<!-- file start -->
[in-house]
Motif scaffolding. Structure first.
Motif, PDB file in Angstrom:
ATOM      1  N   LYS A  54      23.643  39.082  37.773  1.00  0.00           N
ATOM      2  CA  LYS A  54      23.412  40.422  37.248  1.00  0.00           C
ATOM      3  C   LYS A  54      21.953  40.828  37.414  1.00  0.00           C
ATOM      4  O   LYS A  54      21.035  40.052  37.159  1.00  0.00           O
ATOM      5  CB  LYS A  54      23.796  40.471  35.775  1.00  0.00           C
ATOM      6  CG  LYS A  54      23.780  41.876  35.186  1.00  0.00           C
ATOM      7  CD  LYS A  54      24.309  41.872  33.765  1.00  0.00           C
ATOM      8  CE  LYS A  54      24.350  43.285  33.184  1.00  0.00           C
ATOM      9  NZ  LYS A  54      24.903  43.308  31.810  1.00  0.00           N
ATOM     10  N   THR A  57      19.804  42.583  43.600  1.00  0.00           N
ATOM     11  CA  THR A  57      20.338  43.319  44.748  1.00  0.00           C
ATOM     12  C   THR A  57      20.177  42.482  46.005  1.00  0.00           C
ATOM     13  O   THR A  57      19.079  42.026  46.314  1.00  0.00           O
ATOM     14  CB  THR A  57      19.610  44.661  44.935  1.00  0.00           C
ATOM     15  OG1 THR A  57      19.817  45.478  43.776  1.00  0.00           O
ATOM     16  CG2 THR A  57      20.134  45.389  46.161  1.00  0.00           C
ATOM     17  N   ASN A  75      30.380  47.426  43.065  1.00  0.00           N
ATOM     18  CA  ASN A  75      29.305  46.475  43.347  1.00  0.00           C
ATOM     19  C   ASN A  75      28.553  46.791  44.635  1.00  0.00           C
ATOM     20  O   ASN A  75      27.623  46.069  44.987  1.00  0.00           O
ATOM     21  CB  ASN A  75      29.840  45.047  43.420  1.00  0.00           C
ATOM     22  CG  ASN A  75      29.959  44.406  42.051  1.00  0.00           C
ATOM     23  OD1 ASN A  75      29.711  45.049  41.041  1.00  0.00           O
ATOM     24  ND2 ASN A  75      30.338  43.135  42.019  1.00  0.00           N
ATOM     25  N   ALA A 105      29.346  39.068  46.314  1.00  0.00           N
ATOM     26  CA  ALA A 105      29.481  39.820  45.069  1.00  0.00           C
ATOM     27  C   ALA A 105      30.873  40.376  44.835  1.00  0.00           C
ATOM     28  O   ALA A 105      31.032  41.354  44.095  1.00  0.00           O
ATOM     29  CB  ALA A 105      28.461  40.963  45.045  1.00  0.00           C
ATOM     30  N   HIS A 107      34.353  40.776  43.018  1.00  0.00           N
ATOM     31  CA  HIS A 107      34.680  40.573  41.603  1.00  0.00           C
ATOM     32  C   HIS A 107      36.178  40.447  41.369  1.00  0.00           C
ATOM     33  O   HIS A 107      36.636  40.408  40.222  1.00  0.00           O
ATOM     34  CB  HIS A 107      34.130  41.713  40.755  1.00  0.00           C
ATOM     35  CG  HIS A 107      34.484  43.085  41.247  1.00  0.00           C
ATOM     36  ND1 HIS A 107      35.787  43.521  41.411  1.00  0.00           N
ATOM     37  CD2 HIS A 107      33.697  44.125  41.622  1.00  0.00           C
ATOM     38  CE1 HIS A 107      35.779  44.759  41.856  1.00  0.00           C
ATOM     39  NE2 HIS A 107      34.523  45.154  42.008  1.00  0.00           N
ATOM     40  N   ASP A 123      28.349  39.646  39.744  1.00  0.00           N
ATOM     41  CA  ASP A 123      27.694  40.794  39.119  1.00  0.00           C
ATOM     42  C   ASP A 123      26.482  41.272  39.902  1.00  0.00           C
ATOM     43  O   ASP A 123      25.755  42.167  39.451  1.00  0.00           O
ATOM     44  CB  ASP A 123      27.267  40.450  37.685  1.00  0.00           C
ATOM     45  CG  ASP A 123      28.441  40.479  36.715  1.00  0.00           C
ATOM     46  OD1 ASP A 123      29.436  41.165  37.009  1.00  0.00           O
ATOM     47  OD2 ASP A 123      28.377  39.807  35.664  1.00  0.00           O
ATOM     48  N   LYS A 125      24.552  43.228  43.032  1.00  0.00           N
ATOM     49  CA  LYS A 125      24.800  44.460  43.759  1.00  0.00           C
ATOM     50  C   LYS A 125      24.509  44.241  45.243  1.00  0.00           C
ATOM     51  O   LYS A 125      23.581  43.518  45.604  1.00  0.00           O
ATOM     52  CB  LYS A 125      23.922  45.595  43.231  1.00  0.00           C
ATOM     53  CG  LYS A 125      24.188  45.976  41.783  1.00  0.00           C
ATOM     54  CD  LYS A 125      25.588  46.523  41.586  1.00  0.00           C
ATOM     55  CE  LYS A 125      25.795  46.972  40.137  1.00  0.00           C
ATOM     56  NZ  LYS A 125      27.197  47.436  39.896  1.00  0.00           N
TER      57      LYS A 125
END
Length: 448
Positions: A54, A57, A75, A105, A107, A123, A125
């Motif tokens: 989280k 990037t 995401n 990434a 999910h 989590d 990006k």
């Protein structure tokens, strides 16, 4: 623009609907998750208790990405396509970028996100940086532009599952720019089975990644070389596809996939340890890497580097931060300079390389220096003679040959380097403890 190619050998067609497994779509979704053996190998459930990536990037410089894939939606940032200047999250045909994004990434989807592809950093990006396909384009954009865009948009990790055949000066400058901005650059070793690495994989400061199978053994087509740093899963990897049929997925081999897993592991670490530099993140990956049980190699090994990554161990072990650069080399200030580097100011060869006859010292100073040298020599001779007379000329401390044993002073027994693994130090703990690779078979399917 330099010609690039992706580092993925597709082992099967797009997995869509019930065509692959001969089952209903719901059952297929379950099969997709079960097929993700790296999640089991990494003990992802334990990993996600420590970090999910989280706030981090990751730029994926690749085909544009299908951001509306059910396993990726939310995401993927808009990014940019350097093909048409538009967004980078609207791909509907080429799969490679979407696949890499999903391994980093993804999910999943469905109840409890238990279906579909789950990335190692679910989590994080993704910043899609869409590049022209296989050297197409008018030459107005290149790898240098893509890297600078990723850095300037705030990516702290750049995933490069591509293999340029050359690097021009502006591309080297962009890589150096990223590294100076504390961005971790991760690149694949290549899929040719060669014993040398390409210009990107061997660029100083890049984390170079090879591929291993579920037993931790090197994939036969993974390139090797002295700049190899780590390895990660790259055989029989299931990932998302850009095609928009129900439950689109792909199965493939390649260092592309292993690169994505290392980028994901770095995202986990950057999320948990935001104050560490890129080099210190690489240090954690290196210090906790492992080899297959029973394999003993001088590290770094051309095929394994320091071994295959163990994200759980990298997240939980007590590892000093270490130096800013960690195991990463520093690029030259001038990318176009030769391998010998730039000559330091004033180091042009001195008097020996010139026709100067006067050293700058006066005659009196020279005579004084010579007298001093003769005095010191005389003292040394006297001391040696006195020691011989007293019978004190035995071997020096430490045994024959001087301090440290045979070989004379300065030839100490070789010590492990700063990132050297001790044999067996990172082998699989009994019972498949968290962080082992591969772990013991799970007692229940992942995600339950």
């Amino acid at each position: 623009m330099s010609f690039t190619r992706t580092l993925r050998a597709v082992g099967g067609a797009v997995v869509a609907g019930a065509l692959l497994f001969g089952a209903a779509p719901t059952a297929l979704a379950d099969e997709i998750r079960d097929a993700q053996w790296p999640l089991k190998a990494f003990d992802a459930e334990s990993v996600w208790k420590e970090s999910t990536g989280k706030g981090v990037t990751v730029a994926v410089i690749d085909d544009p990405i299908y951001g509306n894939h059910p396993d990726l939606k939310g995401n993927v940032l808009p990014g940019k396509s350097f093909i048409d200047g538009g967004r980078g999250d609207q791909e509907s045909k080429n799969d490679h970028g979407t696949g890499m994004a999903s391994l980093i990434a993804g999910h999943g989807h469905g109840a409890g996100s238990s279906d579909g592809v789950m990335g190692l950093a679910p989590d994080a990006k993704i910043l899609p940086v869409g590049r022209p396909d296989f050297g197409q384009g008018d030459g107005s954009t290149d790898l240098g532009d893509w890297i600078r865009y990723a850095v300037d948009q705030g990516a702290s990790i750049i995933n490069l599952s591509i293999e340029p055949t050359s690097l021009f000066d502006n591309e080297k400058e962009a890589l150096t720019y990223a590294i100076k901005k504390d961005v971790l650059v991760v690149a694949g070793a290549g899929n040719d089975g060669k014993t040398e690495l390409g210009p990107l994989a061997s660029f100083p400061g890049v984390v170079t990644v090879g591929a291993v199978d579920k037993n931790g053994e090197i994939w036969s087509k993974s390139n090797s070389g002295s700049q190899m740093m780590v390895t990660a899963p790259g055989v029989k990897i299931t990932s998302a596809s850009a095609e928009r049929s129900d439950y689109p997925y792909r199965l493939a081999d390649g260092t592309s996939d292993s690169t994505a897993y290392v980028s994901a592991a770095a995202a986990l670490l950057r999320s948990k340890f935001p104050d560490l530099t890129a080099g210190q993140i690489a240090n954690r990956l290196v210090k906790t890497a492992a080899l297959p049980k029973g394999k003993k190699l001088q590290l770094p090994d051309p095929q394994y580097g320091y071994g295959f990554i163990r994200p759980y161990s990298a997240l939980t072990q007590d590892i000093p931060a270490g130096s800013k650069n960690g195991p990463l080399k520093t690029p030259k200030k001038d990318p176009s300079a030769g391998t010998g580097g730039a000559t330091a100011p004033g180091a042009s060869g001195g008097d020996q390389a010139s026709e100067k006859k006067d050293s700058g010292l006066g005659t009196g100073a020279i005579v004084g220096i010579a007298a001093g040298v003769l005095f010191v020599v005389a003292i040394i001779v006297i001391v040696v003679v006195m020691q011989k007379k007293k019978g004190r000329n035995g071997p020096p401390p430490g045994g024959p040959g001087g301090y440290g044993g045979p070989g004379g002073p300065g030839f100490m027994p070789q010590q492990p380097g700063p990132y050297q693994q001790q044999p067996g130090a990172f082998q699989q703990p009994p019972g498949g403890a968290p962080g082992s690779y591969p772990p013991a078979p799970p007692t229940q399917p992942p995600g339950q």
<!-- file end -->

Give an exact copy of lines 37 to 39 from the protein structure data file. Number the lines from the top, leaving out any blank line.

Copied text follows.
ATOM     34  CB  HIS A 107      34.130  41.713  40.755  1.00  0.00           C
ATOM     35  CG  HIS A 107      34.484  43.085  41.247  1.00  0.00           C
ATOM     36  ND1 HIS A 107      35.787  43.521  41.411  1.00  0.00           N